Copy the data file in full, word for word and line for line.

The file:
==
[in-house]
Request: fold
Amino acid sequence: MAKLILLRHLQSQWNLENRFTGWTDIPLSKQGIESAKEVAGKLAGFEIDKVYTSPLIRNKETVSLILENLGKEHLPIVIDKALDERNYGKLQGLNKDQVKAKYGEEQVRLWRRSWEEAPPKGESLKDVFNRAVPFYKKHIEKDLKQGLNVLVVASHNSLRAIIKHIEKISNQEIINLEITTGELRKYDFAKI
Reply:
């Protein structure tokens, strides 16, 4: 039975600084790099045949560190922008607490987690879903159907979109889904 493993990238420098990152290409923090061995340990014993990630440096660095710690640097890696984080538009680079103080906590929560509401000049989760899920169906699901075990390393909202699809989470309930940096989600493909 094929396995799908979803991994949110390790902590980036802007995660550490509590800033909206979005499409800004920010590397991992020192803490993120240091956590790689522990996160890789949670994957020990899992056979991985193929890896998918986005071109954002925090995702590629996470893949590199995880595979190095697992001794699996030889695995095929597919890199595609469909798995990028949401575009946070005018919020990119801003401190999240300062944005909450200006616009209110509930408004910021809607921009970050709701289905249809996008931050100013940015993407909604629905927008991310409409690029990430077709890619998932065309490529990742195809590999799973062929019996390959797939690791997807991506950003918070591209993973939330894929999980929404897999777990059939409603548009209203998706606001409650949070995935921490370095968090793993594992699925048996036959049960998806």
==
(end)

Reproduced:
[in-house]
Request: fold
Amino acid sequence: MAKLILLRHLQSQWNLENRFTGWTDIPLSKQGIESAKEVAGKLAGFEIDKVYTSPLIRNKETVSLILENLGKEHLPIVIDKALDERNYGKLQGLNKDQVKAKYGEEQVRLWRRSWEEAPPKGESLKDVFNRAVPFYKKHIEKDLKQGLNVLVVASHNSLRAIIKHIEKISNQEIINLEITTGELRKYDFAKI
Reply:
């Protein structure tokens, strides 16, 4: 039975600084790099045949560190922008607490987690879903159907979109889904 493993990238420098990152290409923090061995340990014993990630440096660095710690640097890696984080538009680079103080906590929560509401000049989760899920169906699901075990390393909202699809989470309930940096989600493909 094929396995799908979803991994949110390790902590980036802007995660550490509590800033909206979005499409800004920010590397991992020192803490993120240091956590790689522990996160890789949670994957020990899992056979991985193929890896998918986005071109954002925090995702590629996470893949590199995880595979190095697992001794699996030889695995095929597919890199595609469909798995990028949401575009946070005018919020990119801003401190999240300062944005909450200006616009209110509930408004910021809607921009970050709701289905249809996008931050100013940015993407909604629905927008991310409409690029990430077709890619998932065309490529990742195809590999799973062929019996390959797939690791997807991506950003918070591209993973939330894929999980929404897999777990059939409603548009209203998706606001409650949070995935921490370095968090793993594992699925048996036959049960998806």